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SECOND PART OF
KING HENRY IV.
ACT I. SCENE I.
The Porter before the Gate; Enter Lord
BARD. Who keeps the gate here, ho?—Where is the earl?
say you are?
PORT. What shall I BARD. Tell thou the earl, That the lord Bardolph doth attend him here. PORT. His lordship is walk'd forth into the orchard;
Please it your honour, knock but at the gate,
Here comes the earl. NORTH. What news, lord Bardolph ? every mi
Should be the father of some stratagem: 8
Noble earl, I bring you certain news from Shrewsbury. NORTH. Good, an heaven will!
As good as heart can wish :The king is almost wounded to the death; And, in the fortune of my lord your son, Prince Harry slain outright; and both the Blunts Kill'd by the hand of Douglas: young prince John, And Westmoreland, and Stafford, fled the field; And Harry Monmouth's brawn, the hulk sir John, Is prisoner to your son: O, such a day, So fought, so follow'd, and so fairly won, Came not, till now, to dignify the times, Since Cæsar's fortunes!
How is this deriv'd?
A gentleman well bred, and of good name,
BARD. My lord, I over-rode him on the way;
some stratagem:] Some stratagem means here some great, important, or dreadful event. So, in The Third Part of King Henry VI. the father who had killed his son says: "O pity, God! this miserable age! "What stratagems, how fell, how butcherly!
"This mortal quarrel daily doth beget!" M. MASON.
And he is furnish'd with no certainties,
NORTH. Now, Travers, what good tidings come with you?
TRA. My lord, sir John Umfrevile turn'd me back
With joyful tidings; and, being better hors'd,
forspent with speed,] To forspend is to waste, to exhaust. So, in Sir A. Gorges' translation of Lucan, B. VII: crabbed sires forspent with age." STEEVENS. armed heels-] Thus the quarto, 1600. The folio, 1623, reads-able heels; the modern editors, without au thority-agile heels. STEEVEns.
poor jade-] Poor jade is used, not in contempt, but in compassion. Poor jade means the horse wearied with his journey.
Jade, however, seems anciently to have signified what we now call a hackney; a beast employed in drudgery, opposed to a horse kept for show, or to be rid by its master. So, in a comedy called A Knack to know a Knave, 1594:
"Besides, I'll give you the keeping of a dozen jades, "And now and then meat for you and your horse." This is said by a farmer to a courtier. STEEVENS.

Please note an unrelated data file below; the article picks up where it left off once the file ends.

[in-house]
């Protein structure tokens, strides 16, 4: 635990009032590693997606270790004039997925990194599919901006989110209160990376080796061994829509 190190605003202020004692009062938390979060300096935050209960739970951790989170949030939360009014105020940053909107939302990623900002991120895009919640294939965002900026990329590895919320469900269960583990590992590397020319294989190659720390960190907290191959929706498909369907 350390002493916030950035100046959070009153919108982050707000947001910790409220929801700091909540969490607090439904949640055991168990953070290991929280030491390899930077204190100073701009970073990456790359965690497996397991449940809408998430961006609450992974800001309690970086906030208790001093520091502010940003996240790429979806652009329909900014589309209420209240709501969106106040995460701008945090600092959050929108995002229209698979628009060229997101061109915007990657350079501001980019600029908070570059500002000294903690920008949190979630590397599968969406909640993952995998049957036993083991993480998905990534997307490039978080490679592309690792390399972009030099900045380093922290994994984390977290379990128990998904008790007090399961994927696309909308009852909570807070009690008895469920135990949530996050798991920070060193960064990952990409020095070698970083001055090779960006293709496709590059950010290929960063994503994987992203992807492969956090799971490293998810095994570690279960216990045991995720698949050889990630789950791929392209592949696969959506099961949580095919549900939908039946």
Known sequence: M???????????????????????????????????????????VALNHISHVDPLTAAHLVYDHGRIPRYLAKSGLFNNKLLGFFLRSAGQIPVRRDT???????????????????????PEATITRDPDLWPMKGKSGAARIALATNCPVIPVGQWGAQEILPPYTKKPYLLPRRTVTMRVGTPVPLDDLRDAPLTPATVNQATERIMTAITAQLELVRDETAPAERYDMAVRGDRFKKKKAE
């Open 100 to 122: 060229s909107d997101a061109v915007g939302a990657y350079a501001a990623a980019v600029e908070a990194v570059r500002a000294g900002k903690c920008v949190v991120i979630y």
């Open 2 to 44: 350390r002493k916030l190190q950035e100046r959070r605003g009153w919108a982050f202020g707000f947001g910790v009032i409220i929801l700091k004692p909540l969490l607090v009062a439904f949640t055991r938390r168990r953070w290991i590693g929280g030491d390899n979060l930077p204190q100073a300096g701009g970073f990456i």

Shakspeare, however, (as Mr. Steevens has observed,) cer
Up to the rowel-head; and, starting so,
Ha! Again. Said he, young Harry Percy's spur was cold? Of Hotspur, coldspur?5 that rebellion
Had met ill luck!
My lord, I'll tell you what ;your son have not the day,
tainly does not use the word as a term of contempt; for King Richard the Second gives this appellation to his favourite horse Roan Barbary, on which Henry the Fourth rode at his coronation:
"That jade hath eat bread from my royal hand."
rowel-head;] I think that I have observed in old prints the rowel of those times to have been only a single spike. JOHNSON.
He seem'd in running to devour the way,] So, in the Book of Job, chap. xxxix: "He swalloweth the ground with fierceness and rage."
The same expression occurs in Ben Jonson's Sejanus :
So Ariel, to describe his alacrity in obeying Prospero's commands:
"I drink the air before me.' "" M. MASON.
So, in one of the Roman poets (I forget which): cursu consumere campum. BLACKSTONE.
The line quoted by Sir William Blackstone is in NEMESIAN: latumque fuga consumere campum. MALONE.
Of Hotspur, coldspur?] Hotspur seems to have been a very common term for a man of vehemence and precipitation. Stanyhurst, who translated four books of Virgil, în 1584, renders the following line:
Nec victoris heri tetigit captiva cubile.
"To couch not mounting of mayster vanquisher hoatspur." STEEVENS.
Upon mine honour, for a silken point 6
NORTH. Why should the gentleman, that rode by
Give then such instances of loss?
Who, he? He was some hilding fellow," that had stol'n The horse he rode on; and, upon my life, Spoke at a venture. Look, here comes more news.
NORTH. Yea, this man's brow, like to a titleleaf,8
Foretells the nature of a tragick volume:
Say, Morton, didst thou come from Shrewsbury?
How doth my son, and brother?
— silken point-] A point is a string tagged, or lace. JOHNSON. 7-some hilding fellow,] For hilderling, i. e. base, degenerate. POPE.
Hilderling, Degener; vox adhuc agro Devon. familiaris. Spelman. REED.
like to a title-leaf,] It may not be amiss to observe, that, in the time of our poet, the title-page to an elegy, as well as every intermediate leaf, was totally black. I have several in my possession, written by Chapman, the translator of Homer, and ornamented in this manner. STEEVENS.
a witness'd usurpation.] i. e. an attestation of its raSTEEVENS.